If you caught my IGTV today, then you saw my ‘Teacher Tip Tuesday- Summer Writing’ segment. I always have parents ask me for creative ways to keep their children writing over the summer. I teach first grade, and at that age, many young writers are apprehensive or proclaim they don’t like to write. It’s so gratifying when former students hit middle school and comes back to visit telling me that they love to write. Much of a young writer’s distaste comes from the physical act of writing- remembering how to form the letters, recalling sounds, stringing them together, and eventually formulating words. At a young age, nothing comes automatic yet, so it can become taxing just to write a simple sentence.
The Tiny Notebook
The vessel for today’s “Teacher Tip Tuesday- Summer Writing” is the tiny notebook. Implementing “Tiny Notebook Time” this summer will allow your child the structure and encouragement to write each day. Tell your child he/she is going to pick out a special ‘Tiny Notebook ‘ to keep ideas in for the summer. Allow him to be in ‘the driver’s seat’ as he picks out his own journal. Visit a local bookstore or browse Amazon together. Go crazy! Let him pick out special sparkly pens or write with colored pencils.
Set a timer each day and let him choose- free writing or a prompt. You can find some awesome prompts here. Model good writing behavior! Work on your grocery or to-do lists as your child writes. Play some fun music and designate a special spot in your house as the writing area. Remember that little writers fatigue easily! 10 minutes of consistent writing each day is better than 20 minutes of resistant writing.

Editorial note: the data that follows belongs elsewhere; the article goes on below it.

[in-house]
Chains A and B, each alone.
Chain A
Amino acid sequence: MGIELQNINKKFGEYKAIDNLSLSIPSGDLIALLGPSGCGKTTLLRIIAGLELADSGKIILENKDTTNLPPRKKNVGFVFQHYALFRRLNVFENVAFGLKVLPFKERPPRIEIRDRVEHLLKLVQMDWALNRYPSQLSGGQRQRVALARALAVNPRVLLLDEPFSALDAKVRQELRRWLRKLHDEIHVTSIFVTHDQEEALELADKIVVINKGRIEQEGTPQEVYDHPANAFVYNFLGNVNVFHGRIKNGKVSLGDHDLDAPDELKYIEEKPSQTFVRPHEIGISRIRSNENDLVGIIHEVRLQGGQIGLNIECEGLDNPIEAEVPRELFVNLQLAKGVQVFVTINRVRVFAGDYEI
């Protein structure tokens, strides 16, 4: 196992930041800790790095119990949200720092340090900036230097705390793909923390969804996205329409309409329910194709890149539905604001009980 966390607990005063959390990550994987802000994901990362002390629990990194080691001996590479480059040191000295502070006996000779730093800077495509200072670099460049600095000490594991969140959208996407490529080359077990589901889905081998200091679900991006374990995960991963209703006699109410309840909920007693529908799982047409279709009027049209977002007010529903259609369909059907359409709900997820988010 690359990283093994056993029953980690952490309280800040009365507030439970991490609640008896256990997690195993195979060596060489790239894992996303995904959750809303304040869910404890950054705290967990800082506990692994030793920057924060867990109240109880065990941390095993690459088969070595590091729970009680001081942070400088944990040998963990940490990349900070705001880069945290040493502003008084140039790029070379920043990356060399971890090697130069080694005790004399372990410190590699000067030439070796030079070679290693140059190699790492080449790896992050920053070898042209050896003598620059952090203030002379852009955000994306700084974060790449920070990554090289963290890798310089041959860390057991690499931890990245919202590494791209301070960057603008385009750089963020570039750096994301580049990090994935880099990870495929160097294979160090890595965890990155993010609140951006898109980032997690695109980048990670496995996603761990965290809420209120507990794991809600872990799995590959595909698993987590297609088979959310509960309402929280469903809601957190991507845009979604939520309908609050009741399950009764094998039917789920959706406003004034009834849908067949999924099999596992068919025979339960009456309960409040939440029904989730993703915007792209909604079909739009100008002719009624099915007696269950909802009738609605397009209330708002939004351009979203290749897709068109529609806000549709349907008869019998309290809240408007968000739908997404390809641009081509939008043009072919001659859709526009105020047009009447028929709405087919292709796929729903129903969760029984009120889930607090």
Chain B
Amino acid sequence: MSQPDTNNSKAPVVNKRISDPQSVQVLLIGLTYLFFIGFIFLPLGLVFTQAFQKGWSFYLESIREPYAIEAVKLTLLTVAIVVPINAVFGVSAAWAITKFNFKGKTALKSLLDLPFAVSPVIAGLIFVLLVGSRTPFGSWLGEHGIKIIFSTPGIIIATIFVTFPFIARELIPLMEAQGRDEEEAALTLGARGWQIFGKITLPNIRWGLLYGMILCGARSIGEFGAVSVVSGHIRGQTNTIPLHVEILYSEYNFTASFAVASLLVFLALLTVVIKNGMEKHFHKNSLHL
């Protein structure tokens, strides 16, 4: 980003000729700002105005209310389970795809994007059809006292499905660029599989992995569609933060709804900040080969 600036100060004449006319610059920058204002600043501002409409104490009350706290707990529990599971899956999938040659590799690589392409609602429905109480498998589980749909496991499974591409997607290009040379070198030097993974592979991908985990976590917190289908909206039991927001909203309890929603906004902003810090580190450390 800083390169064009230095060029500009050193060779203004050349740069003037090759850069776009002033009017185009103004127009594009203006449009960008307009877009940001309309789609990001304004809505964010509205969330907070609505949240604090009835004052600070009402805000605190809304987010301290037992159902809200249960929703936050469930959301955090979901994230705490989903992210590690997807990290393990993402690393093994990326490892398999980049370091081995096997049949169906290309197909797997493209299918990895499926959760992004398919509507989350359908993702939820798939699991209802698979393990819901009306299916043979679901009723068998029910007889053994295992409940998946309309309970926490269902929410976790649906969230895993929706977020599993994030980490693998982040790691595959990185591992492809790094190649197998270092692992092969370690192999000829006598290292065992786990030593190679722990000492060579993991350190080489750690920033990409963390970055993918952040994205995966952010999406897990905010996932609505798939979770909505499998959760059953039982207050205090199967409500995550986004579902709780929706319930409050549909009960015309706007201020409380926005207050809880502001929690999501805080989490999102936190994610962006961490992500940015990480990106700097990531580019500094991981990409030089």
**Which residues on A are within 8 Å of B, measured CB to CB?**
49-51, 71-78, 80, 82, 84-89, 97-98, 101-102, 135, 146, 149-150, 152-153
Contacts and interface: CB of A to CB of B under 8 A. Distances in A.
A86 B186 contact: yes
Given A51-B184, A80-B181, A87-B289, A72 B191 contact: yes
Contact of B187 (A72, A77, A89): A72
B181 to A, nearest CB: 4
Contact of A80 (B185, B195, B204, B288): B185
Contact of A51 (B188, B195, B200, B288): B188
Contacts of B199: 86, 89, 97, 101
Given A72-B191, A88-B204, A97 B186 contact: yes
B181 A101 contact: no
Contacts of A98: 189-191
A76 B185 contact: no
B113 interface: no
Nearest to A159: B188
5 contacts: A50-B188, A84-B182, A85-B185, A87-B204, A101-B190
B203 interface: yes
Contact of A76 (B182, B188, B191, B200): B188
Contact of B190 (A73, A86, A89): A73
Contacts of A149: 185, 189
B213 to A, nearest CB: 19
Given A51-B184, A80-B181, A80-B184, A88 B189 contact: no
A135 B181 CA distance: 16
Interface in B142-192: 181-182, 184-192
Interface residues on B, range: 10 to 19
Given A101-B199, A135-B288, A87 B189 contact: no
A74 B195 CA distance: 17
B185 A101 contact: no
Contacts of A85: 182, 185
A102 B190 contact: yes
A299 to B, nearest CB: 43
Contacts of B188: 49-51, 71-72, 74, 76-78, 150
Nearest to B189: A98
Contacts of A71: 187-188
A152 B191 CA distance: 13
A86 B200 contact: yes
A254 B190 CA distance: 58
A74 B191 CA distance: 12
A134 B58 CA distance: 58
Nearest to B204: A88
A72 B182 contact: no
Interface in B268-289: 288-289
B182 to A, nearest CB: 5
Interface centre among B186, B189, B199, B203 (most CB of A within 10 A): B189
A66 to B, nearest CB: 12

A few key points to remember:
- At a young age (K and beginning of 1st) ‘writing’ doesn’t always mean words. Children learn to tell their story through pictures in school. Model that at home. If you child is only interested in only drawing pictures- that is okay! You can gently encourage him to add labels, words, and eventually sentences.
- Kidz spel fuhnetickly. (See what I did there :)) Phonetic spelling is good as gold for our early writers. In K and the beginning of 1st, the goal should be that your child can read his writing back to you. If he is having trouble, help him! Encourage your child to write the sounds he hears in a word. If your child is eagerly asking you how to spell a complex word, write it down for him on a sticky note to copy.
- Praise! And praise some more! Have your child share his writing with a sibling, grandparent, neighbor, babysitter, etc.
Thank you for checking out my first “Teacher Tip” this Tuesday. As a reminder, I will post to IGTV and on the blog each week with a quick, new tip for parents to navigate summer learning at home. While I am a first grade teacher with 12 years experience, all the suggestions in this post are solely-based on my opinion and experiences as a classroom teacher. That being said, this is a COLLABORATIVE space. Please feel free to add your ideas, comments, and questions below. Remember, we are always better together!